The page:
Paradoxical sleep is one of the natural sleep stages. You might also know it as the rapid eye movement (REM) phase. This is when we dream.
It is also one of the most critical types of sleep. We need paradoxical sleep for our wellbeing. Not getting enough REM sleep could leave us physically and mentally exhausted.
This article will explain everything you need to know about paradoxical sleep:
- What it is and what is paradoxical about paradoxical sleep
- What happens during paradoxical sleep
- What paradoxical insomnia is
- What a paradoxical intention is
What Is Paradoxical Sleep?
Paradoxical sleep is the phase of sleep in which our eyes move in a rapid pattern, that is, the REM stage of sleep. It is different in many ways from the non-REM sleep phases, as you will discover shortly.
In the 1950s, researchers at the University of Chicago started exploring what was to become one of the major topics of sleep study today—REM sleep.
An exciting finding shows how much we truly need paradoxical sleep. When we are REM-deprived (when our sleep is interrupted at the REM stage), we should expect a REM rebound. This means that we will have a longer REM phase the next night to compensate for the loss.
In other words, we need to dream. We release our emotions, process stressful events, and incorporate new experiences into our minds. Dreams are vital for your body and soul.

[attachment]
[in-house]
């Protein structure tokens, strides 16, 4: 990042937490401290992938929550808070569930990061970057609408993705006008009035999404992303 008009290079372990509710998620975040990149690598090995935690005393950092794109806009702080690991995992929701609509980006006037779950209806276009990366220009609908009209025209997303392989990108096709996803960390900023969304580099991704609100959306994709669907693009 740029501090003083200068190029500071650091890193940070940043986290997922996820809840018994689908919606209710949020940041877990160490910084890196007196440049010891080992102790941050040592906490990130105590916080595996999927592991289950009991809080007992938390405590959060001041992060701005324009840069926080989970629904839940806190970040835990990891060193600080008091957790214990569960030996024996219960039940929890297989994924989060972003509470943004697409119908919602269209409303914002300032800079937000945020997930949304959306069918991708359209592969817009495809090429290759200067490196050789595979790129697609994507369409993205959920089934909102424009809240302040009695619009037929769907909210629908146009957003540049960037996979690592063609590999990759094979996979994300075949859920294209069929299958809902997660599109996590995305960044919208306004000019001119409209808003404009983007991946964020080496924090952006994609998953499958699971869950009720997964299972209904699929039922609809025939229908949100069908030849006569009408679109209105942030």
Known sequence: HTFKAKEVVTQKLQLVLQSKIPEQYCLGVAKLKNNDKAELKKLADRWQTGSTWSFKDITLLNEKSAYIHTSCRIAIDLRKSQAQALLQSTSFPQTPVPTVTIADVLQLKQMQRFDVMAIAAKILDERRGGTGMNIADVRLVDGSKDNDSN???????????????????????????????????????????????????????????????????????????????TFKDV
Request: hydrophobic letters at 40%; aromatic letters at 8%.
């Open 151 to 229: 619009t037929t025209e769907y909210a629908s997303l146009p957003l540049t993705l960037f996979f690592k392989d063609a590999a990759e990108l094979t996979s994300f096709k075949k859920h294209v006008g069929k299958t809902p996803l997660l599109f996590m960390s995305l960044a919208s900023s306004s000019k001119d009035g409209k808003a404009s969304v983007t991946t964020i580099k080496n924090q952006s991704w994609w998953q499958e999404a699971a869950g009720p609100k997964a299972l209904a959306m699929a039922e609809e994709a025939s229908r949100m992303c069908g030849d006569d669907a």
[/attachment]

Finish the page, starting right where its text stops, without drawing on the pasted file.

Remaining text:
What is paradoxical about paradoxical sleep?
REM sleep is also called paradoxical sleep because our brains are in a state that resembles being awake. On the other hand, we are particularly resilient to waking up.
Our body is limp because our muscles lose their tension. In other words, our bodies lie still. We are in a remarkably deep stage of the sleep cycle. We tend to be unaffected by noise, light, or touch.
The paradox, therefore, lies in the contrast between our mind’s high activity levels and the deeply relaxed body.
What Happens During Paradoxical Sleep?
As we said before, there are two types of sleep—non-REM and REM, or paradoxical, sleep.
Non-REM sleep has three different stages. Therefore, as the National Institute of Neurological Disorders and Stroke explains, there are four stages of sleep.
This cycle is repeated every 90 minutes or so:
- The first stage lasts for a few minutes. It is a transition from wakefulness to sleep.
- You spend most of your sleeping time in stage two, which is a phase of light sleep. Your body is relaxed, your body temperature drops, and brain waves slow down.
- The third stage is deep sleep, usually lasting for 20-40 minutes. You need perfect unbroken deep sleep so that you feel sufficiently refreshed in the morning.
- After these three non-REM stages, paradoxical REM sleep comes in. Your muscles are almost paralyzed so that you do not act out your dreams. Your brain waves, however, resemble those of a waking state. Similarly, your breathing becomes faster and more irregular. Your heart rate and blood pressure increase to near waking levels. Memory consolidation also most likely requires REM sleep.
Every phase of sleep is vital for your health. Sleep deprivation of any kind will put you at increased risk of severe health problems, including diabetes, heart diseases, and cancer. You are more prone to depression and anxiety and could also lose your libido and become disinterested in activities you usually enjoy.